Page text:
Switching between working methods can also engage larger groups. The chat allows participants to ask questions. Create fixed moments in your scenario to take a look at the chat. You can ask people to explain their question orally. Then you are not the only voice people hear. Reacting to what happens in the chat during the presentation is not wise. It creates extra chaos and stress. Moreover, in the chat a parallel conversation might develop and it not always concerns the topic of the meeting. Also in this group size individual exercises and breakout sessions can offer a welcome alternation and foster individual contacts. And, especially because of the group size polls do very well. They generate a lot of data points.
Ideally you address groups with this size together with a co-host. You have to do more at once and probably you experience more nerves. Ask your co-host to deal with e.g. the technical aspects, prepare the breakout rooms, start polls, guard the agenda, and keep track of what happens in the chat. Together you also can split up the group in two breakout rooms so you can give a bit more individual attention. Moreover, you can ask eachother questions and thus promote a group discussion.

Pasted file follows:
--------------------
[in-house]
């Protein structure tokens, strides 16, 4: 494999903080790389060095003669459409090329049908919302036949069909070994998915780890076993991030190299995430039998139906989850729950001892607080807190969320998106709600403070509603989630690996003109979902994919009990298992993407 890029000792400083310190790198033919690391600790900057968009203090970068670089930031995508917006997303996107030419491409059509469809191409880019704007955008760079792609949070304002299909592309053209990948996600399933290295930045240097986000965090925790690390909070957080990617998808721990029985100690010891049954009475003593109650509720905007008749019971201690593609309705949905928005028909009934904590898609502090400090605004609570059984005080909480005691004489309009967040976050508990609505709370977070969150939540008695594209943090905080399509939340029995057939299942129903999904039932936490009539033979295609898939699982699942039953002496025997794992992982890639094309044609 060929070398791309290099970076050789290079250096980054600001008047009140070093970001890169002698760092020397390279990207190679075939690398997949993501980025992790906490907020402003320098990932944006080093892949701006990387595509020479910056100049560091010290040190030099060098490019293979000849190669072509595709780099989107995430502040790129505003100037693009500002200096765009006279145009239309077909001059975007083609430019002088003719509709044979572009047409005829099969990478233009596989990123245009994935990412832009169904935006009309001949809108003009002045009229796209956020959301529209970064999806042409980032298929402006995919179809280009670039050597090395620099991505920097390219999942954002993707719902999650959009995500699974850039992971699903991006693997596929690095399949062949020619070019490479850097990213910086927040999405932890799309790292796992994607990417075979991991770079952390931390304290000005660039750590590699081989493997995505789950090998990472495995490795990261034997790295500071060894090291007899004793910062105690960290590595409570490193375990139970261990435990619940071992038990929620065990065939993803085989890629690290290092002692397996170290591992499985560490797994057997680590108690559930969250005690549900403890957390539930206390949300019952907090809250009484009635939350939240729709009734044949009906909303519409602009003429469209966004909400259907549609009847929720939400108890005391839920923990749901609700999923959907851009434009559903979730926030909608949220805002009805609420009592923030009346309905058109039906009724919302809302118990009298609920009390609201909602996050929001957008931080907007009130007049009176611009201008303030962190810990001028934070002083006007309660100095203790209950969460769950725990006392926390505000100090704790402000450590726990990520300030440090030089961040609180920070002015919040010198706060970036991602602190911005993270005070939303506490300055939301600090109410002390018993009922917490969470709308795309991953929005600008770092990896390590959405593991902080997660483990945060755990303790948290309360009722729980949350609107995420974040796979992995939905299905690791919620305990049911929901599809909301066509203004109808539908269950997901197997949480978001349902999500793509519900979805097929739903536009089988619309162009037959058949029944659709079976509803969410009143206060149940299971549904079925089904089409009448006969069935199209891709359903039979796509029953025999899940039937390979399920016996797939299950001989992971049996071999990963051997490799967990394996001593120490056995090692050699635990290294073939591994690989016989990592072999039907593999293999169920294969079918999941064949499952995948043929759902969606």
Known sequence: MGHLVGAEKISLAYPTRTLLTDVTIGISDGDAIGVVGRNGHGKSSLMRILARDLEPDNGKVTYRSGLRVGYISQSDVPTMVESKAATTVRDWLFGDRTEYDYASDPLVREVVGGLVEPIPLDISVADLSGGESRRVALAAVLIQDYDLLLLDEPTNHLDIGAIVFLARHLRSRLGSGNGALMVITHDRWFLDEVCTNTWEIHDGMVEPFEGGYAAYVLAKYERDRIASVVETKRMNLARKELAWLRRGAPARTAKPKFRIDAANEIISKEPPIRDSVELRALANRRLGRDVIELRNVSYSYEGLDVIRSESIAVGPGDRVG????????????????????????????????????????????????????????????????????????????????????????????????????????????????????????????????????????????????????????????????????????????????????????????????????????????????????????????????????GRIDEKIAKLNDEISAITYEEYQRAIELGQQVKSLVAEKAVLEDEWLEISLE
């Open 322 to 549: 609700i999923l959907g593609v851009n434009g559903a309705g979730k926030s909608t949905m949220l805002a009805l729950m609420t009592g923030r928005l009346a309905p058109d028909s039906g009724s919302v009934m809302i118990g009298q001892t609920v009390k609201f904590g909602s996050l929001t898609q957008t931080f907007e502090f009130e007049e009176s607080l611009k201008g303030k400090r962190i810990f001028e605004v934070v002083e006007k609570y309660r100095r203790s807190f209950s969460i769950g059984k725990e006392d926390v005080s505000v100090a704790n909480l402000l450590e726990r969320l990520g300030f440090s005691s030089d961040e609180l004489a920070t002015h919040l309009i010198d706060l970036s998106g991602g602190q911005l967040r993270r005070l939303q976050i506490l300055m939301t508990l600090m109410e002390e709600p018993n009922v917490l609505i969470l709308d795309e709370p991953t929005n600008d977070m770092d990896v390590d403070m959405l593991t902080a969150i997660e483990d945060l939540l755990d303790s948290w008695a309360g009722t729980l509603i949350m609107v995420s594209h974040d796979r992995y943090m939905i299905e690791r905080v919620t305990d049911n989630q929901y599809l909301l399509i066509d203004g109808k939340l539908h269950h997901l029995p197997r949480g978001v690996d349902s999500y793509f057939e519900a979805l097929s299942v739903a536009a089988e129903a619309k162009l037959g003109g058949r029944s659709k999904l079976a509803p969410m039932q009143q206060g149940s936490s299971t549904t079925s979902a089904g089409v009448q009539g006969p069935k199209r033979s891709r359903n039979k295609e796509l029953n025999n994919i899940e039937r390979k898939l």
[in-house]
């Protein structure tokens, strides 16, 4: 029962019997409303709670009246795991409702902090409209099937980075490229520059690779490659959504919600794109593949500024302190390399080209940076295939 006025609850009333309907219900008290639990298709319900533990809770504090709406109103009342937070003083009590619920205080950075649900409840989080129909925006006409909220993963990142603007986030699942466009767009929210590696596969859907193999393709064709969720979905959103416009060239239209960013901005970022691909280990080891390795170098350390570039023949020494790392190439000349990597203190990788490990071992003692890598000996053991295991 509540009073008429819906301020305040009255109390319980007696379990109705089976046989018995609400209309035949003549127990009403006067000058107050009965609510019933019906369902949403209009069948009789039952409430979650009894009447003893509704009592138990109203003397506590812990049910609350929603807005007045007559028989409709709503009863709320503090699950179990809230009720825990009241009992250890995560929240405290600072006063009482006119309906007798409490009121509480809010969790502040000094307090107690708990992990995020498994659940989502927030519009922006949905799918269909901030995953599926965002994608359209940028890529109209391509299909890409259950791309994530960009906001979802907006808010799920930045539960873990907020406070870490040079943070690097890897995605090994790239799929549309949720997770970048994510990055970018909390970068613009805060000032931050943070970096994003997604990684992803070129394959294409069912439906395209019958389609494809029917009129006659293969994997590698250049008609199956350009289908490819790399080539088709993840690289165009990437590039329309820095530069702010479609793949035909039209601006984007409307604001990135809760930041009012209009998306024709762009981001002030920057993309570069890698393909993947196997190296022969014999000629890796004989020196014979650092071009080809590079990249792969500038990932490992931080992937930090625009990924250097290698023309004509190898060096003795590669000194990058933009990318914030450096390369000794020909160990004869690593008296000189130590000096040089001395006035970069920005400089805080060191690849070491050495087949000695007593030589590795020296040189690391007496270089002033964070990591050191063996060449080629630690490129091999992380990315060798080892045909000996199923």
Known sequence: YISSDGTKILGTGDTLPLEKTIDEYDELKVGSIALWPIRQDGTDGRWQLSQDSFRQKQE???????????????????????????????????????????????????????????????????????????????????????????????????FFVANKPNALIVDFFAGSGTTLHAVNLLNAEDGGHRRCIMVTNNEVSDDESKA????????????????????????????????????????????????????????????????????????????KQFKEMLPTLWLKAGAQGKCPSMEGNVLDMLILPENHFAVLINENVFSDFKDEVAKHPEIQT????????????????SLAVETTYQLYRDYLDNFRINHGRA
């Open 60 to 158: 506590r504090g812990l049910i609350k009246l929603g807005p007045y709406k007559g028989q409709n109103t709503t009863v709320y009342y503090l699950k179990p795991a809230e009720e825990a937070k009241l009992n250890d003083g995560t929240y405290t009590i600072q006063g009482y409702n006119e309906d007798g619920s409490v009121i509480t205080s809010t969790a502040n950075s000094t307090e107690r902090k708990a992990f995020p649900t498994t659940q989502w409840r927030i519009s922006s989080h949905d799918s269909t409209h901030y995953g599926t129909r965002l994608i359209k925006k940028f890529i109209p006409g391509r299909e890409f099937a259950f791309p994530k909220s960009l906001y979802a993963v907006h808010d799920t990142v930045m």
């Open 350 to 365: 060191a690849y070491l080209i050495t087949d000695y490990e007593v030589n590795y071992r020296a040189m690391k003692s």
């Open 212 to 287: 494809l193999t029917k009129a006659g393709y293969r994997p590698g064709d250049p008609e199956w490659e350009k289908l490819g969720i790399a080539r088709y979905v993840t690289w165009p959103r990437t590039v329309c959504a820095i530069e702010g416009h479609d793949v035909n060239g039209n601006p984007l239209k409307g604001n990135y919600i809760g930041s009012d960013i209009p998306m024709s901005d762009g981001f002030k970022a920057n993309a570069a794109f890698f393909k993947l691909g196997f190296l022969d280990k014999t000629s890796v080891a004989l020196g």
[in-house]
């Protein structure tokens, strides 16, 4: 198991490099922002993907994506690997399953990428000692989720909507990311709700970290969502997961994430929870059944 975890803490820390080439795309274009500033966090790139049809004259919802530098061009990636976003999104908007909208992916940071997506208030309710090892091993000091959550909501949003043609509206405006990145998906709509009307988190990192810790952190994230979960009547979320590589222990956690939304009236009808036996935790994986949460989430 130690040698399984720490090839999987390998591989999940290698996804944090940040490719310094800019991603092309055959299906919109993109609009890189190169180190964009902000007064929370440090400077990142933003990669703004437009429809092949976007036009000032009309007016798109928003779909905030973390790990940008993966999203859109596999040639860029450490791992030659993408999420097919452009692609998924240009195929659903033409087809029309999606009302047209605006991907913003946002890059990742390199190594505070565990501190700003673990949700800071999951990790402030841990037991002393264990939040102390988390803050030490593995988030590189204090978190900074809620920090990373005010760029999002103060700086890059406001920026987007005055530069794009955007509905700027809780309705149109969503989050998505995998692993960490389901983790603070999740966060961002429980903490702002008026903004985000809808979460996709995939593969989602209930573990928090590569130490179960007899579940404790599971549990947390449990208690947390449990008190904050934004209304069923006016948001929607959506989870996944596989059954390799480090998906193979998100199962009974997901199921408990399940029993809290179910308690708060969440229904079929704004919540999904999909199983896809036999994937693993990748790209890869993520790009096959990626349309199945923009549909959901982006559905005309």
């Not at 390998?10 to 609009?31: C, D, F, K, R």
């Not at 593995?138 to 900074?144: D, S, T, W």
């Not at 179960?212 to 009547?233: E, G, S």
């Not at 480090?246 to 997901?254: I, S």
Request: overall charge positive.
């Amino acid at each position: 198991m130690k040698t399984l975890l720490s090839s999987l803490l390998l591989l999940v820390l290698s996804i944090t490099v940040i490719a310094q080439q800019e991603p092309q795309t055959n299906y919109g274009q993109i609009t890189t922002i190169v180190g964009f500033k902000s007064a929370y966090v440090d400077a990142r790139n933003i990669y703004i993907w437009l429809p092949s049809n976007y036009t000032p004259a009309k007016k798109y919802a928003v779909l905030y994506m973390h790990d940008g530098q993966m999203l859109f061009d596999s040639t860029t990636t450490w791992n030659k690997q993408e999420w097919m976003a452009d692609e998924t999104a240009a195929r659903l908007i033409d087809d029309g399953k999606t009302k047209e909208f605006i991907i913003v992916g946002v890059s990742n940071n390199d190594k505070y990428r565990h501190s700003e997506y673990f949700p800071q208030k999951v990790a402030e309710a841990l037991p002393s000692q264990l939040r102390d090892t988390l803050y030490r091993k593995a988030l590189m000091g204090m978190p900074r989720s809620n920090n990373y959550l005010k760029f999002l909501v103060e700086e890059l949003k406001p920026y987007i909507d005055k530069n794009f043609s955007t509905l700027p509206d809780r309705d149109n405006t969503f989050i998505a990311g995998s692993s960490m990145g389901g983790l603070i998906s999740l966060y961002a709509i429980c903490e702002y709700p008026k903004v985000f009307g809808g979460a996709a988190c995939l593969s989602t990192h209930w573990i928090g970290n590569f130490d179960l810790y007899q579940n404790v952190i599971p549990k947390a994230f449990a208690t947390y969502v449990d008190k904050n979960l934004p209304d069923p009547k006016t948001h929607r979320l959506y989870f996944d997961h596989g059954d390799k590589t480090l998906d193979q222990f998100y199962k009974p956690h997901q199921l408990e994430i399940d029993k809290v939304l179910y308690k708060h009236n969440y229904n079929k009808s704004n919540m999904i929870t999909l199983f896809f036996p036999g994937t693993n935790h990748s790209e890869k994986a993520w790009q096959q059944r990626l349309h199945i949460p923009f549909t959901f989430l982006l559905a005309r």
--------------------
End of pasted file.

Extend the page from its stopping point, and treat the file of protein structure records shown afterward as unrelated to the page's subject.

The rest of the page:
This is like tv. Your audience disappears almost entirely. The difference between 25 or 250 people is not that significant. Only the list of people you do not see is longer. Participants are more like spectators. They can (most also want to) hide anonymous in the crowd. Letting people react on a poll works pretty well. You have a lot of data points. Do you see striking answers in a word cloud, you can ask for oral explanations. Mind that not everyone likes it to be put in the spotlight at once.